The IIJA includes a grant program to support utilization of captured carbon in new products, loan guarantees and grants to expand pipelines that transport captured carbon to sites where it can be utilized, a new program aimed at supporting large-scale commercialization of carbon capture technologies, and amendments to the permitting process for carbon sequestration projects.
The legislation expands federal support for the use of hydrogen as an energy source, said Beveridge & Diamond. It also includes federal support for developing at least four clean hydrogen hubs that would promote new technology and commercialization of that technology.
Hydroelectric power, chiefly the installation of new generation on existing dams or improving the safety and environmental performance of existing dams, is included in the legislation.
The new bill revives a DOE program that encourages new small hydro generation on existing dams and conduits such as irrigation canals. It includes the addition of new generators to an existing dam or conduit or the addition of a small generator to a FERC-licensed dams in areas that lacks grid access, has frequent outages or high electricity prices.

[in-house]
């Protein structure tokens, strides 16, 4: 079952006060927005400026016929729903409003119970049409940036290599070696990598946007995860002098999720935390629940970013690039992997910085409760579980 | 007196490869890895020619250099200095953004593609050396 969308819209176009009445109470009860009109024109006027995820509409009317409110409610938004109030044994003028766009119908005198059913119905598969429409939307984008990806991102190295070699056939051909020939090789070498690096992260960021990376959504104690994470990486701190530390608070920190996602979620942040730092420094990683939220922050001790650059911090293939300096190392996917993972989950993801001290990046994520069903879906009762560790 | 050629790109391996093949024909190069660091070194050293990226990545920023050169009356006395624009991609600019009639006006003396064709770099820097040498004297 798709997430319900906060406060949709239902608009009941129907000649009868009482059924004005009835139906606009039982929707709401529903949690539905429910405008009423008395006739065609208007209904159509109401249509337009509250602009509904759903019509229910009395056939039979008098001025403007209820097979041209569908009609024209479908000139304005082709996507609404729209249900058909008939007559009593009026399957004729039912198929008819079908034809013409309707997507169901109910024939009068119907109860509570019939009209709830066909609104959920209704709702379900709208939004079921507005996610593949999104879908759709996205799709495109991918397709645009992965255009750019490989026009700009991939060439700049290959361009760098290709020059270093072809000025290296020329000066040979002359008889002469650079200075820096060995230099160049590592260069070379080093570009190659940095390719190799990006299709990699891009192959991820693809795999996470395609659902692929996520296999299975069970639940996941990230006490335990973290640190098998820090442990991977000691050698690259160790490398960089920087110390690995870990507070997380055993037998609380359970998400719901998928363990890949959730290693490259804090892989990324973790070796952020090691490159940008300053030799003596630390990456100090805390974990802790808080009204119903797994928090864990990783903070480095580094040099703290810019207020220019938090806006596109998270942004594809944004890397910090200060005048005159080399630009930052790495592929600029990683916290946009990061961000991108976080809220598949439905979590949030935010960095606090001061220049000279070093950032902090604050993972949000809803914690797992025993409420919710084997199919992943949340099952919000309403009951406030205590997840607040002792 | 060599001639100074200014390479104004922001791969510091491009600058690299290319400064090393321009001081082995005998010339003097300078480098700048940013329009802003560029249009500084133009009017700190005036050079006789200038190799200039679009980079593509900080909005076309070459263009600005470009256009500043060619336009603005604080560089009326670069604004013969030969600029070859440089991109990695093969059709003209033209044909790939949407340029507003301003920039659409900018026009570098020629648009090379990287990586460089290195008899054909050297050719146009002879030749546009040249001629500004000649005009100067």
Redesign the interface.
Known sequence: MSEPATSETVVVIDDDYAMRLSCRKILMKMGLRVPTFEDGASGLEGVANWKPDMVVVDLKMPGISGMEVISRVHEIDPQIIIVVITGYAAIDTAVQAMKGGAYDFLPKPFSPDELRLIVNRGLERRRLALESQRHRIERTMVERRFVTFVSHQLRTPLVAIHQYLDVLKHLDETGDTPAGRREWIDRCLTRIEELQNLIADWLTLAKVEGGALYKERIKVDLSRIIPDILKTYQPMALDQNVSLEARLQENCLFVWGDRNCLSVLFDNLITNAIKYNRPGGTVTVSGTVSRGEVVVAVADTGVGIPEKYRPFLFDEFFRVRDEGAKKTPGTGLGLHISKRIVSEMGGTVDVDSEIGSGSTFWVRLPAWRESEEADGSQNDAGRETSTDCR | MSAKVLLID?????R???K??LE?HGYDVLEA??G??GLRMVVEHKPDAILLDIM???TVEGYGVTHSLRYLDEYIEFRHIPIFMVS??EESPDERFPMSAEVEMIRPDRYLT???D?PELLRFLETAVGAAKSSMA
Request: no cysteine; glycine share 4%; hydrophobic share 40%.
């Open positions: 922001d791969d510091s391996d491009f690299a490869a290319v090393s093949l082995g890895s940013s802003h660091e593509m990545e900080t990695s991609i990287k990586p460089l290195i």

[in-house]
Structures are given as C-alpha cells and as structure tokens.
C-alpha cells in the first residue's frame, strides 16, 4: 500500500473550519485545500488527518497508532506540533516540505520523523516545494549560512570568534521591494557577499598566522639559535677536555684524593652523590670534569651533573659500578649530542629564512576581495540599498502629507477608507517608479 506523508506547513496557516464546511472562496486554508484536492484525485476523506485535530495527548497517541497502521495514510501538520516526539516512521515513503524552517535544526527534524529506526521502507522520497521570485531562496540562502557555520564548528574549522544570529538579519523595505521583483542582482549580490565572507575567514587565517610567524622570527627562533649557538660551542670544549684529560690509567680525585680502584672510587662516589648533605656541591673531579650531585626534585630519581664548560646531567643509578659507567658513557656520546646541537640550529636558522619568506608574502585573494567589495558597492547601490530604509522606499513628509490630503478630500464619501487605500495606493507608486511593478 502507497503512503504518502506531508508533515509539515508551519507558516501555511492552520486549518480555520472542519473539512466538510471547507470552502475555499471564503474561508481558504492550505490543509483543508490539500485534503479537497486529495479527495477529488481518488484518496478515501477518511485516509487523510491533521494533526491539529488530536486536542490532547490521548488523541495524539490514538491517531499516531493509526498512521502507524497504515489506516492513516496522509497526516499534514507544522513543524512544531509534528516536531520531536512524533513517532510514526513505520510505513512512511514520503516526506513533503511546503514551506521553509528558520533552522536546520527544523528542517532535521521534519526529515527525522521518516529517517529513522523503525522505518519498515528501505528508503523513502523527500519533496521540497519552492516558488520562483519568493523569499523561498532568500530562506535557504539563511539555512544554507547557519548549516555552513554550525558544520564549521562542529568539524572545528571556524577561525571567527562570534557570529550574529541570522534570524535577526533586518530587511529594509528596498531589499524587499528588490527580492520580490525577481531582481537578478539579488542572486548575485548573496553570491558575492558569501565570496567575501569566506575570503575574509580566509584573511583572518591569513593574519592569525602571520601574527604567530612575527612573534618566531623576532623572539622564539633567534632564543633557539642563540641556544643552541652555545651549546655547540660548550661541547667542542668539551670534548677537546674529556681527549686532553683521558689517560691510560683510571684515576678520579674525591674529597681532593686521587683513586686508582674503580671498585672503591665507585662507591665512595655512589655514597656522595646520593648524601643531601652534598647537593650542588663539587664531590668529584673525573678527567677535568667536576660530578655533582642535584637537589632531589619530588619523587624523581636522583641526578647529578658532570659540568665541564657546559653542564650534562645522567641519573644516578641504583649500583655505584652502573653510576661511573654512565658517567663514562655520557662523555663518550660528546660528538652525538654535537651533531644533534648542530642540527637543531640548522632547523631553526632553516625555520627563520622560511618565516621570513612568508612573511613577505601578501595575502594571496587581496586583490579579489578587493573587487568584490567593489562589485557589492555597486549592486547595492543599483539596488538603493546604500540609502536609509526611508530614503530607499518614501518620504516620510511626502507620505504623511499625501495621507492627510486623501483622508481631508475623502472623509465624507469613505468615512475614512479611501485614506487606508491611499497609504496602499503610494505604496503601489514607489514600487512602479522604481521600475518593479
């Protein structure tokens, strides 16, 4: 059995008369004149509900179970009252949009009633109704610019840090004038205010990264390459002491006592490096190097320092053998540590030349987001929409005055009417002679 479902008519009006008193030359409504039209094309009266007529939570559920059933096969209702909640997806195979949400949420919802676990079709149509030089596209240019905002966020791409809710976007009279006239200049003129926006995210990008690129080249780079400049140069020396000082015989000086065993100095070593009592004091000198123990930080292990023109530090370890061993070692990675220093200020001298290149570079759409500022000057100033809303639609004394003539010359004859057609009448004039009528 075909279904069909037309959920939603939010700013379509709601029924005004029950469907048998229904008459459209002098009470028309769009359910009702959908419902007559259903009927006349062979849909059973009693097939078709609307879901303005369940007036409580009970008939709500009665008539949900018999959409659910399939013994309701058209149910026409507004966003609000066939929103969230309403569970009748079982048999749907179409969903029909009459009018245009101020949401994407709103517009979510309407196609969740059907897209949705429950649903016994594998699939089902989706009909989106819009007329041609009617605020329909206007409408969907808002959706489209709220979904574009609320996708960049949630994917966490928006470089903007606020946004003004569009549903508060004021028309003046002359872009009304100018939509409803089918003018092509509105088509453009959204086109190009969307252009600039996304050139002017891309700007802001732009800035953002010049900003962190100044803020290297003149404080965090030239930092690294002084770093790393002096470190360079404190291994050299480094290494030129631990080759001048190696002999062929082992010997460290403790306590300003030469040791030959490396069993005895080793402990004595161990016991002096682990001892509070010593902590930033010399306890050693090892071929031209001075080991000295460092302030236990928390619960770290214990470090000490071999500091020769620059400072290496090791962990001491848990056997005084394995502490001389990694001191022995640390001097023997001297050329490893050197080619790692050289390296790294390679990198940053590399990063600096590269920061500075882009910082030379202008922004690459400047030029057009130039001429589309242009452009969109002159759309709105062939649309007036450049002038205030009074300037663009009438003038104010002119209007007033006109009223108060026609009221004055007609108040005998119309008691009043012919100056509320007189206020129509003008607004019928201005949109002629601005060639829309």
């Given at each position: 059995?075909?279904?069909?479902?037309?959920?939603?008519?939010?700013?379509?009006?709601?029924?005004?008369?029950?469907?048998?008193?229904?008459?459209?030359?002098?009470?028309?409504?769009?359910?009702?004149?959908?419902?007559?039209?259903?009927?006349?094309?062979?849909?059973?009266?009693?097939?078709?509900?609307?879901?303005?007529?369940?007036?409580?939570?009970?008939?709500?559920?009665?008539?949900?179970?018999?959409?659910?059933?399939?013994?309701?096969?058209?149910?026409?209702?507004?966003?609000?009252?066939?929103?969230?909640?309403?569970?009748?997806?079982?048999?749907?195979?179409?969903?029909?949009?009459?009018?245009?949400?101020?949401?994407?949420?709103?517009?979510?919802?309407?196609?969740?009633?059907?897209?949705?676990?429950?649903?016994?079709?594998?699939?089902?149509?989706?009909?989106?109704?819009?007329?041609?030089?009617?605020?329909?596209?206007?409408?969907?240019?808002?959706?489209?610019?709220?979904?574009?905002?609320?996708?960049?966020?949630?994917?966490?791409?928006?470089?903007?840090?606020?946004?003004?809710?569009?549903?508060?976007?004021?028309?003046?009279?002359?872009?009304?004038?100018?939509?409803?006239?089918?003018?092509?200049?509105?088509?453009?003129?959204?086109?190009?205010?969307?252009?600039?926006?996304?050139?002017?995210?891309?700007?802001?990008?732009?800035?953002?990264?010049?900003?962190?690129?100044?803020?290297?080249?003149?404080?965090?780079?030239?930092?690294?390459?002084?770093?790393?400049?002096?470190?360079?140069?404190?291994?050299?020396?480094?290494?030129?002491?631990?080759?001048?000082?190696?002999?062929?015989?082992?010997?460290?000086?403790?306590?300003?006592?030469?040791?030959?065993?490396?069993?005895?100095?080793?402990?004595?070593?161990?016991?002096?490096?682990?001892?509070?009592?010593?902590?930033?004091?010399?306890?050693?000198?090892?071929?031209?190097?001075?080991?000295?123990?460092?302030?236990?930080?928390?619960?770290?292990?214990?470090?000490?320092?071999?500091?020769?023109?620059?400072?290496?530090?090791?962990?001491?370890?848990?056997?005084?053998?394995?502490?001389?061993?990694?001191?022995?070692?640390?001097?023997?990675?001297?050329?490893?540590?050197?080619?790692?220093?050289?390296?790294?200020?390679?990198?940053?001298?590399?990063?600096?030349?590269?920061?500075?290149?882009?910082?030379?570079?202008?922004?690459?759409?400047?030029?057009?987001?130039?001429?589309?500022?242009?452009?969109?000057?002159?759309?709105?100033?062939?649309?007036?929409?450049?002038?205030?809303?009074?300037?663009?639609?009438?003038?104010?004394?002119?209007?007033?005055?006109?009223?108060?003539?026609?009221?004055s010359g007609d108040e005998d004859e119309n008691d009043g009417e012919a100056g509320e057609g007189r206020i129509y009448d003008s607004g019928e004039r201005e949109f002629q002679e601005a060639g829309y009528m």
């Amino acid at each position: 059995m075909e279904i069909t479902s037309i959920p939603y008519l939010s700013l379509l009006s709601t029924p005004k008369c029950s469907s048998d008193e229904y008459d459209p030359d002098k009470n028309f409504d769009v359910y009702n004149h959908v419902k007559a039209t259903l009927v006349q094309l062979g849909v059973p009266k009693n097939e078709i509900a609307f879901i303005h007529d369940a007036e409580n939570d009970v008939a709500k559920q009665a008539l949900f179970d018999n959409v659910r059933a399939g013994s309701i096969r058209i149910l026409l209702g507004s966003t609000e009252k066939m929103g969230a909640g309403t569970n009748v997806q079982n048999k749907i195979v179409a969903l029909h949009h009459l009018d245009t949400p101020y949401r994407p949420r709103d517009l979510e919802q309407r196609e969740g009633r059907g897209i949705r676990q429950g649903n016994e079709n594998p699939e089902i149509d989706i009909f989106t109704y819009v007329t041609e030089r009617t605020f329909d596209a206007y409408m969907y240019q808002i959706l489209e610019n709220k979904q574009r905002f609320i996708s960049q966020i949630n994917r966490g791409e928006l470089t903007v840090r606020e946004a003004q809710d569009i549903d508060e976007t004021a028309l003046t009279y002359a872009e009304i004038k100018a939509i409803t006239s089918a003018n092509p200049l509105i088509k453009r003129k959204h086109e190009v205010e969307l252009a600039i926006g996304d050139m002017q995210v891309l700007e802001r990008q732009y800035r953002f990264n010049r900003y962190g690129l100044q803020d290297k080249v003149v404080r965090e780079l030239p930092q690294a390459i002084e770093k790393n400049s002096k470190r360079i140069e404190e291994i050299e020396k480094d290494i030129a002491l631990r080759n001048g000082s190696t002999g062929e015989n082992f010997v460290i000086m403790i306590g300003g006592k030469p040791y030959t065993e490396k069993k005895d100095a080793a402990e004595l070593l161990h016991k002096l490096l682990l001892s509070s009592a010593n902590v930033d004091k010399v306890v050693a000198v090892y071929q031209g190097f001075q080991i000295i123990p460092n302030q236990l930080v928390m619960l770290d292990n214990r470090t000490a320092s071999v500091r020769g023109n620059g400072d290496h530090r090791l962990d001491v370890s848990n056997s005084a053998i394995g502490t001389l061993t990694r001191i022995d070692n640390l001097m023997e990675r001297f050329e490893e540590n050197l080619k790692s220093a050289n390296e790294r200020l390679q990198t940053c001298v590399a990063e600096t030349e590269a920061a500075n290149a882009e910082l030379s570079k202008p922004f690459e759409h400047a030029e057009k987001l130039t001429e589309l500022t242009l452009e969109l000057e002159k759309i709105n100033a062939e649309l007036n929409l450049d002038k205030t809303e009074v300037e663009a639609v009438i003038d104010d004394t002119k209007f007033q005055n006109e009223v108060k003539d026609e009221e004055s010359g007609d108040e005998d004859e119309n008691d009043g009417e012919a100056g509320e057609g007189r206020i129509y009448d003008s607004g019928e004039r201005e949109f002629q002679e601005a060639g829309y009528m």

The new bill extends an existing DOE program providing incentives for improvements to hydro facilities that increase their efficiency by at least 3 percent.
Incentives for improvements to existing hydroelectric facilities that would support capital improvements also are included.
Programs designed to reduce the economic effects of shuttered and abandoned fossil fuel facilities are a part of the IIJA. One specifically targets demonstration projects for construction of renewable energy facilities on abandoned mine sites.
In addition to expanded energy construction included in the IIJA, President Biden's proposed federal tax credits extension in the Build Back Better bill and national and corporate efforts to meet EU emissions targets are factors in the IEA forecast revision.
The law firm of McDermott Will & Emery (MWE) noted that with the federal government's procurement power the executive order to meet the 2050 carbon-neutral target could "transform clean energy markets while achieving ambitious climate goals."
Those goals include 100 percent carbon pollution-free electricity by 2030; zero-emission vehicle acquisitions by 2035; net zero emissions from federal procurement no later than 2050; and a similar building portfolio by 2045.